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-   -   Can you have hyrostatic pressure around your basement if only three walls are below? (http://www.diychatroom.com/f2/can-you-have-hyrostatic-pressure-around-your-basement-if-only-three-walls-below-125323/)

mikegp 12-02-2011 10:07 AM

Can you have hydrostatic pressure around your basement if only three walls are below?
 
I just had someone tell me that you can still have hydrostatic pressure on a house with only three basement walls below grade. I always thought it could not happen. I think of it like a bathtub within a larger tub. If the larger tub has 3 walls then the water would drain out before it can have any real pressure on the smaller tub, even if it had a hole in the bottom, it would be minimal pressure. Water seeks the path of least resistance, which would be out toward the above ground wall. Am I correct in my thinking? I'm talking about a two story house on a poured concrete foundation with a garage door on the front of the basement/foundation and large stone walls holding back the soil on the sides.

Bondo 12-02-2011 11:43 AM

Quote:

Am I correct in my thinking? I'm talking about a two story house on a poured concrete foundation with a garage door on the front of the basement/foundation and large stone walls holding back the soil on the sides.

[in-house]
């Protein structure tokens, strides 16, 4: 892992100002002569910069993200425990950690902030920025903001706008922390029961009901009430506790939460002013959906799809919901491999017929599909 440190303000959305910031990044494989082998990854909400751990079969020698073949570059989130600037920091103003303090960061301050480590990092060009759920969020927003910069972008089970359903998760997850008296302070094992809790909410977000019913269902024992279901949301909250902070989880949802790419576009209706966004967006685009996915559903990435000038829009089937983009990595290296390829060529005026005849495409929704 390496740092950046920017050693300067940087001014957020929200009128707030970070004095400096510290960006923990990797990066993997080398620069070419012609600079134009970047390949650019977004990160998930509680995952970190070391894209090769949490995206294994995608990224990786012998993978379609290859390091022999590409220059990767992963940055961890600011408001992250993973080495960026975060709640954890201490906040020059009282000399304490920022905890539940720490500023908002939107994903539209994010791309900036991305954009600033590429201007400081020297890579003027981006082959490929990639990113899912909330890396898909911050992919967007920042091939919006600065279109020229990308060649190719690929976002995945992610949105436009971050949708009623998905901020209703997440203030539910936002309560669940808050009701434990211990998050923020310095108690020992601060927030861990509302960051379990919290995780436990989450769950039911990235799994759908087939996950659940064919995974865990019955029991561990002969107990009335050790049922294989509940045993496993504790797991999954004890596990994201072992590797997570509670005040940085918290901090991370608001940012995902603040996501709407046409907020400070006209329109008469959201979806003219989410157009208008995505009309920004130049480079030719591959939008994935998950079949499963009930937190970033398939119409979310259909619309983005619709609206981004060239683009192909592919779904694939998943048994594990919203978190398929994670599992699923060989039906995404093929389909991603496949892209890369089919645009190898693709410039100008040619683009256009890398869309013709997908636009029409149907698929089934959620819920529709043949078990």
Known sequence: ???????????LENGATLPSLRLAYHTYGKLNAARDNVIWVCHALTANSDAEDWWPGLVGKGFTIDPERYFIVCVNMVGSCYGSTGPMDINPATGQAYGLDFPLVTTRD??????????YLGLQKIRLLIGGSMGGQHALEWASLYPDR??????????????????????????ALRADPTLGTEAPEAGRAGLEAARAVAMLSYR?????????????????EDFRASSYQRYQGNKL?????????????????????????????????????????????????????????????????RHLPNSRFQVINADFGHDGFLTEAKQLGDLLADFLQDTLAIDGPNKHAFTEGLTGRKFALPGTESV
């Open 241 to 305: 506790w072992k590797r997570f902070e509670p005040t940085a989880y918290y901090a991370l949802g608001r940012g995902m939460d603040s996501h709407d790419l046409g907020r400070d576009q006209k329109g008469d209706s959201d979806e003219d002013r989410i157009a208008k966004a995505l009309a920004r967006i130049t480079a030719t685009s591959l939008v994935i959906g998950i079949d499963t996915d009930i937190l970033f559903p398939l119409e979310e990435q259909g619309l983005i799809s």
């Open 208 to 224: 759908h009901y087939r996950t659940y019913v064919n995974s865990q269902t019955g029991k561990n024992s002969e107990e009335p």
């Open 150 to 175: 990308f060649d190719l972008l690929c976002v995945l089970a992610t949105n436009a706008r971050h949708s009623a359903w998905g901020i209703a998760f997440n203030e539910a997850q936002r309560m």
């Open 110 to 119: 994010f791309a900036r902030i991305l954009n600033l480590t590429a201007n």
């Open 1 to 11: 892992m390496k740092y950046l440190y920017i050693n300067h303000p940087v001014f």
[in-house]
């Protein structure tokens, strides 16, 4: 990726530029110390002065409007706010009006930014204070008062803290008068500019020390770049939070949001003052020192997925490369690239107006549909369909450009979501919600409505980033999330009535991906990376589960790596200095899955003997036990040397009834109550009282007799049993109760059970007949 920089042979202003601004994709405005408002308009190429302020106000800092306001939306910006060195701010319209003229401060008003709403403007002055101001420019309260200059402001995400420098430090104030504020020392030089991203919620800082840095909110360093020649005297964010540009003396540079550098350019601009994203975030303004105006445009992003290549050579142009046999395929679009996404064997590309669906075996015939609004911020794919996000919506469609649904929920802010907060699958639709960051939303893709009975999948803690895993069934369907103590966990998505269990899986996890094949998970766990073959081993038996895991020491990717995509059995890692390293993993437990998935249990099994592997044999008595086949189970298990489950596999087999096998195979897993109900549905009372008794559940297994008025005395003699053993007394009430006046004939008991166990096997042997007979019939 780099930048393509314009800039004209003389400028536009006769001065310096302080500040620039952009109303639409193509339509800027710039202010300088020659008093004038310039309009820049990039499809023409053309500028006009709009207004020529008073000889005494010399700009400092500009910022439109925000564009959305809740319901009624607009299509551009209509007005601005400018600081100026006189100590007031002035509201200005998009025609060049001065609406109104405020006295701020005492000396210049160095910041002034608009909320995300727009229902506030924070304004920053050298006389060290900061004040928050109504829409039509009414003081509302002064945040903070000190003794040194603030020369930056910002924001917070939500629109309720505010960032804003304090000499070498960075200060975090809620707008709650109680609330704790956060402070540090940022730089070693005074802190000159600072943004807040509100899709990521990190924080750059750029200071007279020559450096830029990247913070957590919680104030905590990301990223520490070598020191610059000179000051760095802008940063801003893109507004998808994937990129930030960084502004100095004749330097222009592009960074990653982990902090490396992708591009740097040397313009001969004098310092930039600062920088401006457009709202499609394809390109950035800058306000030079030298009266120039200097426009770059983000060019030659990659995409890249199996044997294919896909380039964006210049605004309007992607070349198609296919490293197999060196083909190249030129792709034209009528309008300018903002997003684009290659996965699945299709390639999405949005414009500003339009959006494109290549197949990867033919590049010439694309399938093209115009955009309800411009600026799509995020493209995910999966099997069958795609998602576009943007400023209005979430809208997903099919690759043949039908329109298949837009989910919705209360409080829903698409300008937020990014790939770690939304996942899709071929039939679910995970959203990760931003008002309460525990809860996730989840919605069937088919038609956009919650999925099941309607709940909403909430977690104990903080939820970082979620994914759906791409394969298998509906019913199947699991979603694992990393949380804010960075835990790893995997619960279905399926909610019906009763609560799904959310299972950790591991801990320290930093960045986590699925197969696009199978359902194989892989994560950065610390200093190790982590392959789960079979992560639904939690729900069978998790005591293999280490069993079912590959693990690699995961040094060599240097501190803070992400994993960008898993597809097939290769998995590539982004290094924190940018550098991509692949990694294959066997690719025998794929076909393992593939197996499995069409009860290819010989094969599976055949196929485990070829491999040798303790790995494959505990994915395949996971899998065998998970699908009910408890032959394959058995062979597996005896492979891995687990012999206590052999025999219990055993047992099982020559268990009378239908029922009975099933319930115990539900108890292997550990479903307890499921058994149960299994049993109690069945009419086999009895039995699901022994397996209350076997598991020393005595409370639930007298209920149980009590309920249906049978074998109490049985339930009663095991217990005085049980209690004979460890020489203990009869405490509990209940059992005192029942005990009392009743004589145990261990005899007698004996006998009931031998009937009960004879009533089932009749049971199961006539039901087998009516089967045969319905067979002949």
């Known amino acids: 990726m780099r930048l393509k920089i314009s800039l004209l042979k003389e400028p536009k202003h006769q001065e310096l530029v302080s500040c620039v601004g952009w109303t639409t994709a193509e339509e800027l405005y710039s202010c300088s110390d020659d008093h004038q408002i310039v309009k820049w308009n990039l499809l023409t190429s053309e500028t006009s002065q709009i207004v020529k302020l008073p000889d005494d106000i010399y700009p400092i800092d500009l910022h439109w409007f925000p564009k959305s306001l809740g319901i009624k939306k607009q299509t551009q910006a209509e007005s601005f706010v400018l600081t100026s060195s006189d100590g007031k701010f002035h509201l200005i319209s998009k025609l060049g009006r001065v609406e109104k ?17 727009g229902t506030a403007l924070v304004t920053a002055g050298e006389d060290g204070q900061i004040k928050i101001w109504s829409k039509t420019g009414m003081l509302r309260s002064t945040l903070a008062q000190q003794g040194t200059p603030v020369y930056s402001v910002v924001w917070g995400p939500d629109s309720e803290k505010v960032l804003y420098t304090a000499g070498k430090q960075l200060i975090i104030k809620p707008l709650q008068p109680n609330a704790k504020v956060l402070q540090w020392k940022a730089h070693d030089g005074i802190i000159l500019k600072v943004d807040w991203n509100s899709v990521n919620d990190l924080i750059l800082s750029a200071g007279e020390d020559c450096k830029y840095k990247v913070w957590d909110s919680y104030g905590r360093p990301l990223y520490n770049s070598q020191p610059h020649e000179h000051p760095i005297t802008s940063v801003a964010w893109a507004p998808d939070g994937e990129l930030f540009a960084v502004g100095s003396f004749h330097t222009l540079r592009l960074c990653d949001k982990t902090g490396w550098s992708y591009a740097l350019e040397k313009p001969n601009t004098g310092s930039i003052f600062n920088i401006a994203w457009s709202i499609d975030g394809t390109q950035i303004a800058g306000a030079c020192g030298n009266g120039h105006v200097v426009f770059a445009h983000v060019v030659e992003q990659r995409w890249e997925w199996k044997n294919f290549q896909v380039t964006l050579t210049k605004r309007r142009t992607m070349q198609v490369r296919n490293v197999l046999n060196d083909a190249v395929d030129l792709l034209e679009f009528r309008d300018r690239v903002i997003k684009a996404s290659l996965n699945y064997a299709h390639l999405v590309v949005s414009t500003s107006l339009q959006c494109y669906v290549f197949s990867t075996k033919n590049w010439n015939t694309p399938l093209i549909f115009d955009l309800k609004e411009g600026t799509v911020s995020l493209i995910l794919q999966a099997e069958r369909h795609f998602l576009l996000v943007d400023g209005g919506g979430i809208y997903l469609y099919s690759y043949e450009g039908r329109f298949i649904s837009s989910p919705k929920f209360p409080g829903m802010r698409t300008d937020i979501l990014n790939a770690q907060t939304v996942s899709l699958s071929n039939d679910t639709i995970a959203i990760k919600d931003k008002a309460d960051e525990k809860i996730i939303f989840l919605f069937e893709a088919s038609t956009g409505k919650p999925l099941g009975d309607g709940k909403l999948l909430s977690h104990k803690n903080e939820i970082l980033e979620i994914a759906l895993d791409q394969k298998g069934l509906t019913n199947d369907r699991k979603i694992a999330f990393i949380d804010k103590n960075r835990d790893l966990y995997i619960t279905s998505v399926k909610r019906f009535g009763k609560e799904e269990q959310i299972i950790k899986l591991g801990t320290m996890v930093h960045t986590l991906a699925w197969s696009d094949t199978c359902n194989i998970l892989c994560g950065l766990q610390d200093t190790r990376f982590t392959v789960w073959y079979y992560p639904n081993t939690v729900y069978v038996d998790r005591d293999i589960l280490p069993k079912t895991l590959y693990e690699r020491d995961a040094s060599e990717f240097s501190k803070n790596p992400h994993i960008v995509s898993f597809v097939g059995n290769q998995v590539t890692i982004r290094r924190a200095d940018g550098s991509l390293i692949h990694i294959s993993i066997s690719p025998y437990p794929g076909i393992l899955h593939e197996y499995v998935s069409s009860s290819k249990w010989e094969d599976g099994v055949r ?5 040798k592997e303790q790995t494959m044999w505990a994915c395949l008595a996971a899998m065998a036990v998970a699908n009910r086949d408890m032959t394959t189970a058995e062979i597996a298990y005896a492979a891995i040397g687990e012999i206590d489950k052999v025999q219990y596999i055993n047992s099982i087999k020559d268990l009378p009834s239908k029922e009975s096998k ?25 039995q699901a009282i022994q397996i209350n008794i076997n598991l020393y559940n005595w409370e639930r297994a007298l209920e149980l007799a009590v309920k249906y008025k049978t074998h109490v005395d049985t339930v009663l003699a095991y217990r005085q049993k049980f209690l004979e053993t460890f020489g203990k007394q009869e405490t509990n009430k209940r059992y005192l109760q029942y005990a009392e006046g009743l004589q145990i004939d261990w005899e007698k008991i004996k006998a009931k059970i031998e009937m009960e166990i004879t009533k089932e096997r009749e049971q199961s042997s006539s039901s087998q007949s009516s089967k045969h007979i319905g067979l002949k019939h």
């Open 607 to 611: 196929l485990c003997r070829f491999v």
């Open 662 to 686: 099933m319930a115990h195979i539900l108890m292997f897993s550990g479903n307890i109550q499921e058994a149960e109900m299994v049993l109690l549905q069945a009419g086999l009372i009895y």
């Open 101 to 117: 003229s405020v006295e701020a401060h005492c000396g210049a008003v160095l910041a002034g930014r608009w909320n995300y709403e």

Ayuh,... The path of least Resistance is the key,...

I'd guess that there's soils around yer foundation stoppin' the water from makin' the corners, 'n out...
Different soils, different resistance...

mikegp 12-02-2011 11:53 AM

I'm talking about from underneath. The pressure build up from having water above the bottom of the foundation on all four sides. Not talking about pressure from a small pool laying against a side in heavy clay soil.

joecaption 12-02-2011 12:45 PM

Of course it can, it could even have a natural spring under the house.
Having just three sides does not make a differance.

mikegp 12-02-2011 01:59 PM

Where would the pressure come from?

mikegp 12-02-2011 02:18 PM

Just to clarify. To me the pressure comes from the water on all 4 sides being higher than the water underneath the house. The water underneath wants to be level with the surrounding water causing the upward pressure.

Ron6519 12-02-2011 03:37 PM

Is the ground saturated outside the area with the walk out part of the house? I would think the ground would show signs of water if you were getting(going to get) it in your basement through the floor.

mikegp 12-02-2011 03:42 PM

It's a driveway and stairs directly in front. The sides in front of the stone walls never appear overly wet.

concretemasonry 12-02-2011 04:21 PM

I think you have it. The water will seek its own level and the soils that it flows through can affect the rate of teansmission, but it occurs 24x7 and is not instantaneous plus there is a lag time because of this. Water in some areas can rise even after a short dry period because it is already in the soil.

Dick

forresth 12-02-2011 09:10 PM

If you had proper foundation prep work with good drainage, I'd say significant hydraulic pressure was unlikely. That is a mighty big "if" we are talking there.


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